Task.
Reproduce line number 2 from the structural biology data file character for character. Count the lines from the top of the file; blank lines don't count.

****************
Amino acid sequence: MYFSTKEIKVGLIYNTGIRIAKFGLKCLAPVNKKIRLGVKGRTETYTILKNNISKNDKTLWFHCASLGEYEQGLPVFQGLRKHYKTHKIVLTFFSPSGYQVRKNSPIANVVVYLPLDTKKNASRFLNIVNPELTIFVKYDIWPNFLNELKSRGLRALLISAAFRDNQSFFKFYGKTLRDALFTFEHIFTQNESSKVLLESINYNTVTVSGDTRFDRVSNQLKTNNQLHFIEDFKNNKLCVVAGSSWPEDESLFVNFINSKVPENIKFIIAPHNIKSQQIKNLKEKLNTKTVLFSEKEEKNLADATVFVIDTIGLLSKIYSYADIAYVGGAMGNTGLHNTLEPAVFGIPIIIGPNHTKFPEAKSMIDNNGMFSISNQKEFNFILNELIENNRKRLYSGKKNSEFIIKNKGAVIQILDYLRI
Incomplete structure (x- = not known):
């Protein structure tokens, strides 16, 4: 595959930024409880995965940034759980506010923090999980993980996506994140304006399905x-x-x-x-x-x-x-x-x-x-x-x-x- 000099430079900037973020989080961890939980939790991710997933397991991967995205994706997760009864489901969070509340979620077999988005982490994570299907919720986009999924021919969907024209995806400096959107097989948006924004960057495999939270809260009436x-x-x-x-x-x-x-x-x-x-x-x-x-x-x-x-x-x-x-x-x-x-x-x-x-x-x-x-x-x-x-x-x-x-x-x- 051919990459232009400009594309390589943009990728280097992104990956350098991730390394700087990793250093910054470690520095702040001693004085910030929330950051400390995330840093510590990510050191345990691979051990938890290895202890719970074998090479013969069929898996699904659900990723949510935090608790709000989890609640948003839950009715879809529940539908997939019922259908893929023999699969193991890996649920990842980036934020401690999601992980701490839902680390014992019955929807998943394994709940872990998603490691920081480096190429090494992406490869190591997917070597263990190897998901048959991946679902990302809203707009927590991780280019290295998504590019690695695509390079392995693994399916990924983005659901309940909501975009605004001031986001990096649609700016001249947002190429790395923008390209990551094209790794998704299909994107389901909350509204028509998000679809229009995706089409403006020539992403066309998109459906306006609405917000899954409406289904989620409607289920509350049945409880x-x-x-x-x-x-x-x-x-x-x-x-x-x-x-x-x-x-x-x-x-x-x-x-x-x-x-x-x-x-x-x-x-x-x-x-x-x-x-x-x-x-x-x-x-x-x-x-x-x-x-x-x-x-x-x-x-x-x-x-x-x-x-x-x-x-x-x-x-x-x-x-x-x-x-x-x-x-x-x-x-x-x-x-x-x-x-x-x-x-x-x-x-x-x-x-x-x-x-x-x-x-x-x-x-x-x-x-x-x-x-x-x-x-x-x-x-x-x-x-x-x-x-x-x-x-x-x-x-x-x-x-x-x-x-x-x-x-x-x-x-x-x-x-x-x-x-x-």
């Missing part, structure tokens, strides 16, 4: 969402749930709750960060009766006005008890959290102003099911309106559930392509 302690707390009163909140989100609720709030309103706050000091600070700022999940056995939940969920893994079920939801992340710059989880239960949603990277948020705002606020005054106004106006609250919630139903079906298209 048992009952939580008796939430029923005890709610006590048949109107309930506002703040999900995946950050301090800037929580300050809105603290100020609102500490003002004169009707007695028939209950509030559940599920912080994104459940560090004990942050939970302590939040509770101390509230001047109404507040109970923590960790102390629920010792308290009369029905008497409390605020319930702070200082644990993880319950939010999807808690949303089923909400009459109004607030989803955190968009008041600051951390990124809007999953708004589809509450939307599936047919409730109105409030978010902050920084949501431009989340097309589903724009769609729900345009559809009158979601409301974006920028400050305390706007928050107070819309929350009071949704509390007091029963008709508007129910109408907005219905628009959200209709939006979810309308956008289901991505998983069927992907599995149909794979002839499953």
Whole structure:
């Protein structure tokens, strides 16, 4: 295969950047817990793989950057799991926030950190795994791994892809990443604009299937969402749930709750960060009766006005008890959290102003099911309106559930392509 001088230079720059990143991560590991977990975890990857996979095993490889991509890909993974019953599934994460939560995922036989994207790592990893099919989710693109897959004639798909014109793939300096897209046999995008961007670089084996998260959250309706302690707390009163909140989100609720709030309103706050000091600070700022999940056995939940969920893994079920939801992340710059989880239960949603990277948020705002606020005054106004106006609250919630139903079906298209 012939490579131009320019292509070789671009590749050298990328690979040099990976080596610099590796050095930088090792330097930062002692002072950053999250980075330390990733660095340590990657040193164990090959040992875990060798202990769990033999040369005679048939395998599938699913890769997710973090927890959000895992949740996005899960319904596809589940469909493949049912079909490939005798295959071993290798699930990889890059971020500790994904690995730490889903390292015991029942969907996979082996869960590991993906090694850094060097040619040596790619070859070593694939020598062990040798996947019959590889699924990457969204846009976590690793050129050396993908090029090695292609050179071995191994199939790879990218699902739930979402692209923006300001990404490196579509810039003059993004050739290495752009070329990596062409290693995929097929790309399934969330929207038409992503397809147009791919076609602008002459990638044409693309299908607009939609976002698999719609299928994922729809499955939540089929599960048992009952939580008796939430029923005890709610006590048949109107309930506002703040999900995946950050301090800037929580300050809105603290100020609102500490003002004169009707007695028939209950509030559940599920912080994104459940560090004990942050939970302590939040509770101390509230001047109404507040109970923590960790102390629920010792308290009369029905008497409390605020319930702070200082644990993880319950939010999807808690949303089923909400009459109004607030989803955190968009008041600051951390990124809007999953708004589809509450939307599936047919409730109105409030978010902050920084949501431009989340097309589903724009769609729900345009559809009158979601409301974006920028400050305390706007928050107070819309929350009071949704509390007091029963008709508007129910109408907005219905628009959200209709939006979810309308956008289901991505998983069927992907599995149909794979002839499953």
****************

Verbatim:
Incomplete structure (x- = not known):